Its ugly, bare-bones design was straight out of the early 2000s.It resembled a web page you might use to find a new job or a secondhand bike.In 2012 Twitter installed its lavish new headquarters in an old art deco building on Market Street, kicking off a surge of corporate moves to the area by the likes of Uber, Spotify, Yammer, and Square.In turn, hundreds of young tech workers have recently relocated to the Tenderloin and are rapidly changing the economics of a neighborhood that has managed to resist gentrification for decades.If you were careful to stay away from the sections where photos automatically displayed, you could easily browse potential sex partners at work and your coworkers would never suspect a thing. The site's naughty classifieds section contained the sort of ads that used to be the sole domain of alt weeklies' back pages: “*College Girl Gone Wild* (BUSTY SMART BLONDE),” “Sexy & Sweet Asian Here to Please Your Needs,” and “Morning $pecials Daddy Let Me Blow Your Mind.” While ads were free to post, advertisers could opt to pay for premium placement. While the site's most popular forums had names like “Escort 411,” “Street Action,” and “Domination Station,” Red Book also hosted conversations on topics ranging from baseball to bondage, music to massage parlors.Bruce Boston, a data scientist who works for one of Silicon Valley's major tech companies, initially came to the site to find out which strip clubs had the best dancers.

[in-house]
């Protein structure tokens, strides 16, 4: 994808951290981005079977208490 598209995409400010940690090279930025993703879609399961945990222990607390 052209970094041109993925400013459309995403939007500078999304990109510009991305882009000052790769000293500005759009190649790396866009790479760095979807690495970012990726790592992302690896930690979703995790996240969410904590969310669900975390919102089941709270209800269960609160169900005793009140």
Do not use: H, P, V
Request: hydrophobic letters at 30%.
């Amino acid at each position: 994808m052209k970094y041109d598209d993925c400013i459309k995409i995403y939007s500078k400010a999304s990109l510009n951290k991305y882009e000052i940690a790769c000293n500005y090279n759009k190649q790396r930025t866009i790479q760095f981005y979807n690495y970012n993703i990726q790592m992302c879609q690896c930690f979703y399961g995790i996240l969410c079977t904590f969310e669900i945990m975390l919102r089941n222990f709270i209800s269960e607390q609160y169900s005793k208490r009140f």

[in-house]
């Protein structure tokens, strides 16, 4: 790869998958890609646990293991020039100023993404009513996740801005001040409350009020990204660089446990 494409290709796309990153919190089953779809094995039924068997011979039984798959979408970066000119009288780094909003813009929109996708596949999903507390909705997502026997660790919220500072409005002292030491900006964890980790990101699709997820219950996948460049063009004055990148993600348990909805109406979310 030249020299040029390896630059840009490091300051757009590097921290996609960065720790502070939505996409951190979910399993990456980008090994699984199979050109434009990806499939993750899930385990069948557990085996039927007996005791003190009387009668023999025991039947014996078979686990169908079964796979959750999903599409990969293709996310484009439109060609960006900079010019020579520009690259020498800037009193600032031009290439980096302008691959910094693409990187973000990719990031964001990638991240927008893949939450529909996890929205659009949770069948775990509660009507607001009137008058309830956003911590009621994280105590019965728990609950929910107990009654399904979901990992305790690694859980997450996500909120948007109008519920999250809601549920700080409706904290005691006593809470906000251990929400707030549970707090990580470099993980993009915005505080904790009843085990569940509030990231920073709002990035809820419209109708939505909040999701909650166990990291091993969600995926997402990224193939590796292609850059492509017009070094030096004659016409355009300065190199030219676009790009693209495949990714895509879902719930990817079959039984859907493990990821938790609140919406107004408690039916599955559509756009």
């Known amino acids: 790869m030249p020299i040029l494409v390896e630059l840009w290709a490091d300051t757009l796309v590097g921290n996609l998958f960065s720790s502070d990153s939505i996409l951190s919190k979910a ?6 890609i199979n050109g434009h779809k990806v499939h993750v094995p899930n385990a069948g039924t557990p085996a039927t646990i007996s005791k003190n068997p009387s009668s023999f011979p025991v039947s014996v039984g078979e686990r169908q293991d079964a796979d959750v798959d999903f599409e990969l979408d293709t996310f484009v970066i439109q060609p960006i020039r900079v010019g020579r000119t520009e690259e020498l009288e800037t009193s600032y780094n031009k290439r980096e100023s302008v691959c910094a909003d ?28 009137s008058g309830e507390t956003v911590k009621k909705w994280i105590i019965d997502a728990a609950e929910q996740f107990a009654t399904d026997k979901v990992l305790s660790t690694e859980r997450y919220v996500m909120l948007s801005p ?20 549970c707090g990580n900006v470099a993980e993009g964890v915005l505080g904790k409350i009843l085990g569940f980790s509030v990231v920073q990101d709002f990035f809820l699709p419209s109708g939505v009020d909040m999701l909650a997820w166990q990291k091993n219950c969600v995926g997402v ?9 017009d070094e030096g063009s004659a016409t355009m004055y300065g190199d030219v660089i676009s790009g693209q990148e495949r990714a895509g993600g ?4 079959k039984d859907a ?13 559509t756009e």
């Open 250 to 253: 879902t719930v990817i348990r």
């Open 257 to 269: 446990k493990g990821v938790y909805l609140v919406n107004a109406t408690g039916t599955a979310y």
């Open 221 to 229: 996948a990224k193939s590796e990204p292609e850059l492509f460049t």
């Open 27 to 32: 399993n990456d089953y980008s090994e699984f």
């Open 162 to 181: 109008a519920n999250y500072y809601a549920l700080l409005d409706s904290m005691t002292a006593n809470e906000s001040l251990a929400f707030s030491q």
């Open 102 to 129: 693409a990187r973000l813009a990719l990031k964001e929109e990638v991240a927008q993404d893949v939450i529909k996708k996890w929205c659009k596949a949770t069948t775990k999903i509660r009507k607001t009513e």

Instead of a directory of links to sexy ads, forums, and reviews, they saw a dire-looking alert from the Department of Justice, FBI, and IRS stating that Red Book's domain had been seized.The US attorney's office declined to offer any comment, but its indictment speaks for itself.Both Omuro and Lanoce initially pleaded not guilty to all charges, but in November Lanoce changed her plea in the hope that it might allow her to avoid a felony sentence in exchange for good behavior.Omuro also added a key functionality—he made it possible for sex workers to advertise their services.Red Book may have been full of racy talk and the promise of erotic assignations, but the site itself was anything but sexy.You might mistake her for a lady on her way out to buy groceries, except she's wearing cartoonishly thick lipstick and heavy eye makeup, especially striking in the middle of the day. A guy on a Harley stops at a red light, and the woman lewdly thrusts her hips in his direction. But when Red Book was shut down, the people who were hit the hardest weren't the buyers, but the sellers—sex workers like Cathy for whom the site had made the world's oldest profession significantly less risky.The biker rides on, and a police truck pulls up alongside us. She walks toward the car and leans her head into his open window. I step off the curb and quickly cross illegally in the middle of the street. One of the ways the site reduced danger for workers was by making it easier for them to weed out bad dates, from poor tippers to full-on abusive creeps.You could pay a month for access to the section, where VIP customers shared detailed write-ups of their experiences with escorts, BDSM providers, and erotic masseuses.As part of their reviews, users listed the services they received, as well as details about the provider's physical attributes.Launched in 1999 by a Mountain View, California, tech entrepreneur named Eric “Red” Omuro, Red Book began as a modest hub for mongers (Internet slang for johns) to discuss the local scene and post reviews of escorts.As it grew, the site expanded beyond the Bay Area, adding sections for Southern California, the Central Coast, Phoenix, Nevada, and the Pacific Northwest.